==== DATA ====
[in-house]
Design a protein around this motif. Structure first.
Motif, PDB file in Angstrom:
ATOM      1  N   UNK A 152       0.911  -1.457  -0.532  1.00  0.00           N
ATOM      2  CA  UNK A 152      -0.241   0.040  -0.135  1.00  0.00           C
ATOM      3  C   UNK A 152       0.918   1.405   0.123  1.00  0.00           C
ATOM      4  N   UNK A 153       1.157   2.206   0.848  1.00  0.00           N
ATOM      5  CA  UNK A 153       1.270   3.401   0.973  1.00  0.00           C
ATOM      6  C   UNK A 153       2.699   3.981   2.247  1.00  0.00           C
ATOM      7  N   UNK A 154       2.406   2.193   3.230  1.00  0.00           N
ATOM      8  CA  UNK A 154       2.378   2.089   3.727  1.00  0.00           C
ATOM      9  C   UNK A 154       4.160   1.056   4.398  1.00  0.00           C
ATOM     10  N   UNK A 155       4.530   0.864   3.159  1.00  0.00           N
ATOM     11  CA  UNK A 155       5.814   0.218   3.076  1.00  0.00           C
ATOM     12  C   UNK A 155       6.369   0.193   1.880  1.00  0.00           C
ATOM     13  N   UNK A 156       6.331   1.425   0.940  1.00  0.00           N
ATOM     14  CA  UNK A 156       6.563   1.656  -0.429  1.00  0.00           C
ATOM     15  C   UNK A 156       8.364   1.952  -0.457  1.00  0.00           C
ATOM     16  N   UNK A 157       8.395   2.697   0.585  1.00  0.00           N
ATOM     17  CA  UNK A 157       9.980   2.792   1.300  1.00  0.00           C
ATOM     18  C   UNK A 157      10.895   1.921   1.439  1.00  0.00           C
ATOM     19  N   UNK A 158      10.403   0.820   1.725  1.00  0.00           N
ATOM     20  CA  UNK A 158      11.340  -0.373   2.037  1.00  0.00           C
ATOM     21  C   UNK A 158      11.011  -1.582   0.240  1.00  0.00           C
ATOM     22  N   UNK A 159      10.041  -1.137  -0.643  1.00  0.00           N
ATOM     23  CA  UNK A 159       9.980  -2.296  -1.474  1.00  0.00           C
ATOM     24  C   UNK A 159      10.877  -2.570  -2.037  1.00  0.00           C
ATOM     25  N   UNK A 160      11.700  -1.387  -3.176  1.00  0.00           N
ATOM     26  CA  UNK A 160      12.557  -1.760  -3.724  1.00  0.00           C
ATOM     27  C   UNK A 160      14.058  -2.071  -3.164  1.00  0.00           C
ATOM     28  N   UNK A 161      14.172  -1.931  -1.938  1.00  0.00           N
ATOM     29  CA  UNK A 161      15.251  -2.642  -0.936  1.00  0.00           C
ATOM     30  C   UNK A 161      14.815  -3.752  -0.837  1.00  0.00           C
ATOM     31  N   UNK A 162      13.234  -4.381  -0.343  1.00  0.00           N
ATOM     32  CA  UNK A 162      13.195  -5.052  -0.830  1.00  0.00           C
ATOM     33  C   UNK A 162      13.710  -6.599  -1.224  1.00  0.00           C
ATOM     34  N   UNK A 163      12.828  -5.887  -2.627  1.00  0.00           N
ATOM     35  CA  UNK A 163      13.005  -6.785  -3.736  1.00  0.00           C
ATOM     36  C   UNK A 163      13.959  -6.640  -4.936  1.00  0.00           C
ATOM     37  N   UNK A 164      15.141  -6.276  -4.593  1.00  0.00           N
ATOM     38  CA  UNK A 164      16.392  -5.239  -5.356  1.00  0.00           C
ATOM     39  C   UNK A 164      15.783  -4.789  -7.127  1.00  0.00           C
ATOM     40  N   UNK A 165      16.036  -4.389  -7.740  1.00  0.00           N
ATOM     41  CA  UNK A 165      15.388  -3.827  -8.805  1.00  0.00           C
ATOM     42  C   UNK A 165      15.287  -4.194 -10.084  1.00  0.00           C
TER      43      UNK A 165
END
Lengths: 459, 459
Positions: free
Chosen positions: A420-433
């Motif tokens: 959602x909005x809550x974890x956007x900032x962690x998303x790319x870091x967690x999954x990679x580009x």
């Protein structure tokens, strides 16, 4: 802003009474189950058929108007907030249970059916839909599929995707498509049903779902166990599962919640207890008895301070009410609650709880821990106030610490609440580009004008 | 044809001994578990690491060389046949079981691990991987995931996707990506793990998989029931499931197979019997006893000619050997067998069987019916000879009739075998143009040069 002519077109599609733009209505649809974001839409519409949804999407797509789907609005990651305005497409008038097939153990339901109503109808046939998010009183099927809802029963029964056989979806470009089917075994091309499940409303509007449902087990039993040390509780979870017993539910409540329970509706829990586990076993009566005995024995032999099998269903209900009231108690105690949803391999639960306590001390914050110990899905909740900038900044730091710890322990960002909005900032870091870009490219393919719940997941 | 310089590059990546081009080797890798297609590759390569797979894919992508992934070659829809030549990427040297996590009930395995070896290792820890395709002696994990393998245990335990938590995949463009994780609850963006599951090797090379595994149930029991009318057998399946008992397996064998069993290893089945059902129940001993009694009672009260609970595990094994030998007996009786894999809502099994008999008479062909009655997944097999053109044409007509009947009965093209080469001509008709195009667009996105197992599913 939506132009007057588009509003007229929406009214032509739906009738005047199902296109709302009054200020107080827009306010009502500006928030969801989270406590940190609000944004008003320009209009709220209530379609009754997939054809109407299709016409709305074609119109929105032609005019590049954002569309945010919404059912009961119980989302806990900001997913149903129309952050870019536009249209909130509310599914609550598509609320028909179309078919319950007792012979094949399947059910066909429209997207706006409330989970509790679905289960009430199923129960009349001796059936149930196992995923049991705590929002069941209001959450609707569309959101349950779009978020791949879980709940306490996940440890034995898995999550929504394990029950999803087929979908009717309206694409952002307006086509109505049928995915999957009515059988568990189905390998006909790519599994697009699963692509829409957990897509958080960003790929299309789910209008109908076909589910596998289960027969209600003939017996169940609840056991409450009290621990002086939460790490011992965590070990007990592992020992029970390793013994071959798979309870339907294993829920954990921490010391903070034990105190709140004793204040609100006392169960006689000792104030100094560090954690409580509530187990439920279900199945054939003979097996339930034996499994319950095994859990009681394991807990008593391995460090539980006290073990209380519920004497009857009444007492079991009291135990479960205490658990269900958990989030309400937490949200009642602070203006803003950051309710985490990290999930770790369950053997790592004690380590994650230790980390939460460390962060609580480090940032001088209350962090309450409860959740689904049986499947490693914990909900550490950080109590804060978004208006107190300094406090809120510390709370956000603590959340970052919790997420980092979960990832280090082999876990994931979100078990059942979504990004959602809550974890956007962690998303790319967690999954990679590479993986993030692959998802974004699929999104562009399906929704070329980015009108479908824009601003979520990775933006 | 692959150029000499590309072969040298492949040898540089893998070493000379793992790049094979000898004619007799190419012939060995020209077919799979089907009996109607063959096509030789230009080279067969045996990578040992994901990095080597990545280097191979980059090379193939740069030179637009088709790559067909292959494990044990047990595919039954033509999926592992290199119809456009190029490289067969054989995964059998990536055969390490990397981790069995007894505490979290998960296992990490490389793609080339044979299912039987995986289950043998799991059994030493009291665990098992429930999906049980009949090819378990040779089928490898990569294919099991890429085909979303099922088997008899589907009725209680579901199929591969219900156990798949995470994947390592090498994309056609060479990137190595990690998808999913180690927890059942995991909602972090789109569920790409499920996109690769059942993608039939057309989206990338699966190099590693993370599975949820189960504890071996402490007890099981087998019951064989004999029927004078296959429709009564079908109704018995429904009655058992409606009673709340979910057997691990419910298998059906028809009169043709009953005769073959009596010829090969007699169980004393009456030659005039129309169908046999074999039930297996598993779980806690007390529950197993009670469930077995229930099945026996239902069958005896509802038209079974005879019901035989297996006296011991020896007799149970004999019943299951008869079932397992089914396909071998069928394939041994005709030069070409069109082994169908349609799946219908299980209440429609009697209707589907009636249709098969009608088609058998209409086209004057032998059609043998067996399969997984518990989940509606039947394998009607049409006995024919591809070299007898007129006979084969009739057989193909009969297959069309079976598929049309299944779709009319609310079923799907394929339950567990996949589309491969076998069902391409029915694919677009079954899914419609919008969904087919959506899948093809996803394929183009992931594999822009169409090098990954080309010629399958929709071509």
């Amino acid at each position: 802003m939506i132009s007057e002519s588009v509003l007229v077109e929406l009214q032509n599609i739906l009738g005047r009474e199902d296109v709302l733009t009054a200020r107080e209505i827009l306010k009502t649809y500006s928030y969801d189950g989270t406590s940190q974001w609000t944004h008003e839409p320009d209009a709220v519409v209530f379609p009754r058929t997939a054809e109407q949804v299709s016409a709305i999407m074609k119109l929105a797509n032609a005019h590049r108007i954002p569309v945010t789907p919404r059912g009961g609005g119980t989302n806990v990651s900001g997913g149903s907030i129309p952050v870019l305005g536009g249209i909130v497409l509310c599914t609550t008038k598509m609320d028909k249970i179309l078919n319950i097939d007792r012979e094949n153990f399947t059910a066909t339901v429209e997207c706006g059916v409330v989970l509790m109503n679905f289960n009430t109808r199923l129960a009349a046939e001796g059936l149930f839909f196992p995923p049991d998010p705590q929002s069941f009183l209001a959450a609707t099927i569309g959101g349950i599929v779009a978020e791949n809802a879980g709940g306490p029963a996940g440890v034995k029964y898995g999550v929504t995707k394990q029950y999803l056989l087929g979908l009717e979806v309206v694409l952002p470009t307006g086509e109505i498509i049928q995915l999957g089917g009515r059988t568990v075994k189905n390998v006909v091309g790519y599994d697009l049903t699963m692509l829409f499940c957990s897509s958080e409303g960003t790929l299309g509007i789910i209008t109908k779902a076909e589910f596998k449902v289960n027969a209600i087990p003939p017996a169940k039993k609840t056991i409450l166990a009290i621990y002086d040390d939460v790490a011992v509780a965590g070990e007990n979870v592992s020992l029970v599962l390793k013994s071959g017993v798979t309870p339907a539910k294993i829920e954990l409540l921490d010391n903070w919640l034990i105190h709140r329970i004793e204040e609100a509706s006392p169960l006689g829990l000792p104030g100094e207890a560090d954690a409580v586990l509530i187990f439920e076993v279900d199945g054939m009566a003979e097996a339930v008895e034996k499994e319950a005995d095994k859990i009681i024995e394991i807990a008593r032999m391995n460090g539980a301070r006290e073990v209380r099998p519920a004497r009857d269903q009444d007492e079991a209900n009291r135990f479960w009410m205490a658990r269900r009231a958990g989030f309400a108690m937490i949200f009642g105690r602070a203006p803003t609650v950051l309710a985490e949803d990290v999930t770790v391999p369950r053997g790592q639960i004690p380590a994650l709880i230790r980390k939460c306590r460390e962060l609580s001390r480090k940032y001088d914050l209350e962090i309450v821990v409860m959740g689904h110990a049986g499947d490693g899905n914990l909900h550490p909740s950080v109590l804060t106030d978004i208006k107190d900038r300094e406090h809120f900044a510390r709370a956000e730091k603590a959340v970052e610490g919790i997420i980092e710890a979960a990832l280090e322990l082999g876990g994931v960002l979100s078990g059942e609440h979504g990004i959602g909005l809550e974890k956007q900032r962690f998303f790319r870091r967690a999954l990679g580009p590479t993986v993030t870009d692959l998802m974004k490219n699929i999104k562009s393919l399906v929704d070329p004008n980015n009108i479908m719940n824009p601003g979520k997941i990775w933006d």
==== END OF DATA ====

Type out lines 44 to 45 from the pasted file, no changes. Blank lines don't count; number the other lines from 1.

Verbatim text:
ATOM     41  CA  UNK A 165      15.388  -3.827  -8.805  1.00  0.00           C
ATOM     42  C   UNK A 165      15.287  -4.194 -10.084  1.00  0.00           C